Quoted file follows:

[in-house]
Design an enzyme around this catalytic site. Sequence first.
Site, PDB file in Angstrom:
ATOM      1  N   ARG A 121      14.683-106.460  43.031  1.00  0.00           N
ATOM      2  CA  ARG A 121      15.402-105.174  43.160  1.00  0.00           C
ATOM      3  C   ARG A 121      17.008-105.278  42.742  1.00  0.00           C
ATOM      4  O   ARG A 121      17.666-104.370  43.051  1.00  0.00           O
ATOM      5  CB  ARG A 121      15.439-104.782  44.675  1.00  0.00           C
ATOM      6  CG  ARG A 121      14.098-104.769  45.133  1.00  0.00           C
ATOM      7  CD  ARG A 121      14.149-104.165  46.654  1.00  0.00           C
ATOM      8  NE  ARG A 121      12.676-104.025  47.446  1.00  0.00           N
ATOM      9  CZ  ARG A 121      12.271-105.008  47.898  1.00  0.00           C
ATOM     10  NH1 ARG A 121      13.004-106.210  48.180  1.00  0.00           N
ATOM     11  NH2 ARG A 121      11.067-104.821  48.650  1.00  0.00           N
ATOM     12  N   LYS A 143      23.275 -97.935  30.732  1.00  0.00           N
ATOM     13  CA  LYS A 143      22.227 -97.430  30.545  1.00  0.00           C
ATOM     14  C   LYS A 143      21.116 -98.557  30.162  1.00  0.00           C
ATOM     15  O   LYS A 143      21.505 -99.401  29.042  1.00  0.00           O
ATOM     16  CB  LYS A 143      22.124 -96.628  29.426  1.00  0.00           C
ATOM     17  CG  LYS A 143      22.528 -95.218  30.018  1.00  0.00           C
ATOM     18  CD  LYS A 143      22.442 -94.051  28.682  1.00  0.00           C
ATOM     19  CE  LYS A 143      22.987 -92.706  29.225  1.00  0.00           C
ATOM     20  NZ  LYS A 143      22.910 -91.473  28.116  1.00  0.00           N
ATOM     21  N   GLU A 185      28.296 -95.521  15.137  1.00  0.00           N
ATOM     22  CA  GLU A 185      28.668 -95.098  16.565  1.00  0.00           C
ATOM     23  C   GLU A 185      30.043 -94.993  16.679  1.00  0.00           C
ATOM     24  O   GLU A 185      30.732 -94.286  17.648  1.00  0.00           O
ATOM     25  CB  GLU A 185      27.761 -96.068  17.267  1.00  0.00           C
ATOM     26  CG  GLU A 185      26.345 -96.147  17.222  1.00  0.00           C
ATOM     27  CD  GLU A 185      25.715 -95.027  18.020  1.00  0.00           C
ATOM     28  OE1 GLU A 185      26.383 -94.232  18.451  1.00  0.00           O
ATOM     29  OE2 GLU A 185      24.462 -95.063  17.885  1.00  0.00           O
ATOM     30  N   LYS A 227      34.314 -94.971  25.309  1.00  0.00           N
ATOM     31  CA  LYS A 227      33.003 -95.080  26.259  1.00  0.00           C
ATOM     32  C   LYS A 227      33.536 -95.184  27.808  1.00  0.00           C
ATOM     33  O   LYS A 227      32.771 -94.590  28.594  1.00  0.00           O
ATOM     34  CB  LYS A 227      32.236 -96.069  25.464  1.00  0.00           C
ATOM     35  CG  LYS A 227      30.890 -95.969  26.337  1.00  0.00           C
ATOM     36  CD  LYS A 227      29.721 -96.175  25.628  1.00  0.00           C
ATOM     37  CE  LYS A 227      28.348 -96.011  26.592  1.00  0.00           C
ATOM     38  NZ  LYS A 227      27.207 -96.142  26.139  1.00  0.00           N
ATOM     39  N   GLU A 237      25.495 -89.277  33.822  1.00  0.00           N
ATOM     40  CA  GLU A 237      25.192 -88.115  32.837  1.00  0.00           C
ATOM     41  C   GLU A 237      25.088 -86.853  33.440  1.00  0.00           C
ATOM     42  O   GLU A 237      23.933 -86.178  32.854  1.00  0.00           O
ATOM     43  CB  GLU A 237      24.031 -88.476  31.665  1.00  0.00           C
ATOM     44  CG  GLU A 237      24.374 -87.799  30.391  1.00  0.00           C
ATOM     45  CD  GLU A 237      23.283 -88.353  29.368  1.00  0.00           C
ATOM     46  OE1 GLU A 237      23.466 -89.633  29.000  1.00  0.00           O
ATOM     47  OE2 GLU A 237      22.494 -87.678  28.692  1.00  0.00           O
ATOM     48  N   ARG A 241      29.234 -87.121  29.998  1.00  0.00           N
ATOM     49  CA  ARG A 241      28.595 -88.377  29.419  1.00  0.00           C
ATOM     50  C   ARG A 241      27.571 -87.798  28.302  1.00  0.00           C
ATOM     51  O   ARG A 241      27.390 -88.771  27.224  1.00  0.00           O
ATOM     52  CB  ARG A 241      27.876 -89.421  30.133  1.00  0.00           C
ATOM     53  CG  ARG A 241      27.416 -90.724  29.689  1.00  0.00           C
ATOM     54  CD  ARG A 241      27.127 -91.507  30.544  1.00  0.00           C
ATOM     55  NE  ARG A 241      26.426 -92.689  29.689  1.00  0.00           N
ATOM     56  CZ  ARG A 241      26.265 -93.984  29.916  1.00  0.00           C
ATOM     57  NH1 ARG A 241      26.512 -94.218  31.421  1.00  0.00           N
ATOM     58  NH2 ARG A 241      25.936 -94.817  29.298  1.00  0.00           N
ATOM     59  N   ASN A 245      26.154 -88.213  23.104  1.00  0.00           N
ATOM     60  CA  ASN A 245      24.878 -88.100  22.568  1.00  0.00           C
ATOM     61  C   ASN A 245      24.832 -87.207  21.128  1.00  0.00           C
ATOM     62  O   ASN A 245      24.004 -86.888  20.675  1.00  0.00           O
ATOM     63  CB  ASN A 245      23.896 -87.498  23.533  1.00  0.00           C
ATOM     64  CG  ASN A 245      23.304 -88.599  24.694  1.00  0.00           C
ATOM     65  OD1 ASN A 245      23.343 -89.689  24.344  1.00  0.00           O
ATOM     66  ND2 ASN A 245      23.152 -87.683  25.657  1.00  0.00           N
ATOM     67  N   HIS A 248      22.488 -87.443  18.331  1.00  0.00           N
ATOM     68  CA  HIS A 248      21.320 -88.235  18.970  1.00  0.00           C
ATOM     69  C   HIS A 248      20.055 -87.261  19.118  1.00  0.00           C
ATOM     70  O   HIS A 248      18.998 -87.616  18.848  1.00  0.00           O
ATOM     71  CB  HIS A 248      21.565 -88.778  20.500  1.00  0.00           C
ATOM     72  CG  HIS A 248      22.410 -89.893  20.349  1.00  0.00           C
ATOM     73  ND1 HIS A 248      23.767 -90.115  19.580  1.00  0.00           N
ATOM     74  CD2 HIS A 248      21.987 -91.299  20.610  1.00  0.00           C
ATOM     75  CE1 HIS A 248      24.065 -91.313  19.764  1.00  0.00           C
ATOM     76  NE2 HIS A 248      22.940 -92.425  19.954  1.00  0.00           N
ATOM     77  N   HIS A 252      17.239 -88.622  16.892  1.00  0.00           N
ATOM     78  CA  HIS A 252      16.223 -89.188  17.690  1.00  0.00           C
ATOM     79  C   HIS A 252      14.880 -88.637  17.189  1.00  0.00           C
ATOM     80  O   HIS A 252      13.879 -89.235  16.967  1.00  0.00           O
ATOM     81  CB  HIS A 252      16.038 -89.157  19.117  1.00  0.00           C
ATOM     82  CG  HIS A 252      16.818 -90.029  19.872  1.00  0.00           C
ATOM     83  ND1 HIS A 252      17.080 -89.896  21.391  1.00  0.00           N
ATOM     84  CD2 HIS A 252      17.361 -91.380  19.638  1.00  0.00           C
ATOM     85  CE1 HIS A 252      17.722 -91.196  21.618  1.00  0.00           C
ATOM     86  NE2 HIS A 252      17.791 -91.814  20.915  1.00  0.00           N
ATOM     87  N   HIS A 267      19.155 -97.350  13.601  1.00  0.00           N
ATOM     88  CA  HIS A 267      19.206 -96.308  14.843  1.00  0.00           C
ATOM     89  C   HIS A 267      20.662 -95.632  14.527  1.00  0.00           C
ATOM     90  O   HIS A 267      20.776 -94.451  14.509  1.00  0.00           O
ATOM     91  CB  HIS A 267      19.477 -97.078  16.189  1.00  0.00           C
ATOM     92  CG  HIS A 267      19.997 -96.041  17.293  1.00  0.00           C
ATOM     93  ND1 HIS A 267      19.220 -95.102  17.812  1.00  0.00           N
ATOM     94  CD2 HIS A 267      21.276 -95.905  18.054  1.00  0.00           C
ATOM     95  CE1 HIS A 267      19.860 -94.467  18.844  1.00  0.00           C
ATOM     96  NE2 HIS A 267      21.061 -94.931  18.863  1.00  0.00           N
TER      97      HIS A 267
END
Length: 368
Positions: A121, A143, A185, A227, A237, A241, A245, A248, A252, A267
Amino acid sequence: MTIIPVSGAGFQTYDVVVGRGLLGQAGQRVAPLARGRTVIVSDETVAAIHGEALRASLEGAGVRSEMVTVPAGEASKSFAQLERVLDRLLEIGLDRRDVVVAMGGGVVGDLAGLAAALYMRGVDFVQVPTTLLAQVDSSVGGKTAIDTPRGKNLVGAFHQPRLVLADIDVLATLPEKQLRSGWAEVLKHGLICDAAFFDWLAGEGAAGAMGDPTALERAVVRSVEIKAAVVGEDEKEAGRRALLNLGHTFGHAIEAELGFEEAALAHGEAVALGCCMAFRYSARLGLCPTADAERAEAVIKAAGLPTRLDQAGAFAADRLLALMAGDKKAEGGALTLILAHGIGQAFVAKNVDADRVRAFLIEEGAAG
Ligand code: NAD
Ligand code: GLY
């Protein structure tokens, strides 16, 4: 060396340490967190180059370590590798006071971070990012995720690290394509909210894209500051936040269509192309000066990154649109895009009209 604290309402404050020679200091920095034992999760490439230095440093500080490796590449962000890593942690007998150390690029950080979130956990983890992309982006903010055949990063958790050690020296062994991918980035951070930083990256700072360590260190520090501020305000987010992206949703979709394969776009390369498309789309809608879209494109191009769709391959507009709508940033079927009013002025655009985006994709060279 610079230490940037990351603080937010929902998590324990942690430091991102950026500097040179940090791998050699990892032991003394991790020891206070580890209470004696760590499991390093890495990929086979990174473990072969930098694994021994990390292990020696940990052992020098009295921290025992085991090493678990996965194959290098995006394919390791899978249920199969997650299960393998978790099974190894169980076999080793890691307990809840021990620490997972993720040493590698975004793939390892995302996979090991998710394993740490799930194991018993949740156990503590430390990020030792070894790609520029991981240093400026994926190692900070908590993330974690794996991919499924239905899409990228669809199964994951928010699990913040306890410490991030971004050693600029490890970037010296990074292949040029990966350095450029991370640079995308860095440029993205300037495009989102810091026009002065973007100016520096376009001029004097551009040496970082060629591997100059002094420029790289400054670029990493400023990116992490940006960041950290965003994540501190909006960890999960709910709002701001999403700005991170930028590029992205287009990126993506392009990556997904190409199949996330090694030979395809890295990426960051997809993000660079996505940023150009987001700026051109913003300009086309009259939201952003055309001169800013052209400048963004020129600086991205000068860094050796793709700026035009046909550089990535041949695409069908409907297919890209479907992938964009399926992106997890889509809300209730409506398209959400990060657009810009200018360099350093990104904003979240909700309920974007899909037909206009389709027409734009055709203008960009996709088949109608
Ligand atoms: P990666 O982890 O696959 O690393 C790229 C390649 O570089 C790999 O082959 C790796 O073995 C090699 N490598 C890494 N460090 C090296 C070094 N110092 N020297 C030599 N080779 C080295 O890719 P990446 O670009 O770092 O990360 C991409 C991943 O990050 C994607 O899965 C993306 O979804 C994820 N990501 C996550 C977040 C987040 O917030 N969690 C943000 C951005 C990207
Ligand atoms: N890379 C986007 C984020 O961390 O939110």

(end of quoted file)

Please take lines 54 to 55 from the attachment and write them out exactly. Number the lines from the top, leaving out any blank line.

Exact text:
ATOM     51  O   ARG A 241      27.390 -88.771  27.224  1.00  0.00           O
ATOM     52  CB  ARG A 241      27.876 -89.421  30.133  1.00  0.00           C